The ideas Nun had proposed to the committee for publication was not treated with any adequate form of address thought Nun. She had tabled many key speeches on the subject of finding methods to provide clean water to relief and surviving members of disasters. The proposal was simple, but ignored. Water should be carried on all disaster workers on belts. Another keen idea for speeding up rescue efforts proposed by Nun was the new NASA-based project called Pneumatic beachball hoyst. PBH for short, was engineered by Enoche's father, Enoch Prudfille II.
This new device was the size of a beach ball and could be blown up underneath collapsed buildings to help lift cement and fortified cement. Waiting hours if not days for bulldozers to arrive, and the bulldozers often awkward way of lifting slabs of concrete in danger of collapsing again from aftershocks and undue stress was tantamount. Enoch Prudfille II was aware of such disaster needs, real needs being met by re-thinking how to save lives in such field operations.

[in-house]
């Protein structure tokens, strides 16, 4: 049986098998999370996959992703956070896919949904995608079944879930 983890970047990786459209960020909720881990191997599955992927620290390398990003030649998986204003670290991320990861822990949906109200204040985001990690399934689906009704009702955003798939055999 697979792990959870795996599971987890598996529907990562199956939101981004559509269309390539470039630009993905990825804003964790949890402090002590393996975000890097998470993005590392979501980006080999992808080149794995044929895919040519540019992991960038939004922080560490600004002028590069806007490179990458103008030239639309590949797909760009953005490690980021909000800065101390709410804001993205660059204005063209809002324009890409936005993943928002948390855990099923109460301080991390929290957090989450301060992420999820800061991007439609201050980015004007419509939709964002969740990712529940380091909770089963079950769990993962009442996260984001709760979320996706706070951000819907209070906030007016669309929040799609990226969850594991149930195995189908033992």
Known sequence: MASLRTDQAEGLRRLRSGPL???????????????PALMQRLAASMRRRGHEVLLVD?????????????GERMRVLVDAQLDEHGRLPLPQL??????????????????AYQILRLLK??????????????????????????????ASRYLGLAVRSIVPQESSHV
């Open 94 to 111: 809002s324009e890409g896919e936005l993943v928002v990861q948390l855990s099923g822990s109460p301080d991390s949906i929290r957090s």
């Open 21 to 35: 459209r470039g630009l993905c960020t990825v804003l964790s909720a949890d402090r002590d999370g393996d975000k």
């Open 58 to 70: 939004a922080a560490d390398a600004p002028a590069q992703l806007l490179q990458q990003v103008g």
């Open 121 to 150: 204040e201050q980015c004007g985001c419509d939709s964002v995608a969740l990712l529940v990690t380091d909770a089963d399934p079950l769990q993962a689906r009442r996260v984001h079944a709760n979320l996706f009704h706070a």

Unfortunately Nun had the only prototype of the devise. Enoche Prudfille II was somewhere in Haiti before the quake but they were unable to find him. Another idea of his was the concept of having everyone carry on their person at all times cell phones. Noting how much energy a quake emits was a shock for the Doctor. He did find shocking the findings that quakes emit more energy than sunbursts. Could this be a contributor to global warming thought the good doctor, geothermal energy slowly radiating from the core of the earth. Could these energies, like high pitched ringing in the ears, like a sympony of sound from various areas, giving off various sounds, which could be deciphered one day, to give further, and a much better understanding of the earthquake mechanisms which seemed, so far, to delude the knowledge-based earth scientists working at NASA and other scientists in this field.
Enoch Prudfille II had been opening up new discoveries to help in the various disasters he was now experiencing directly.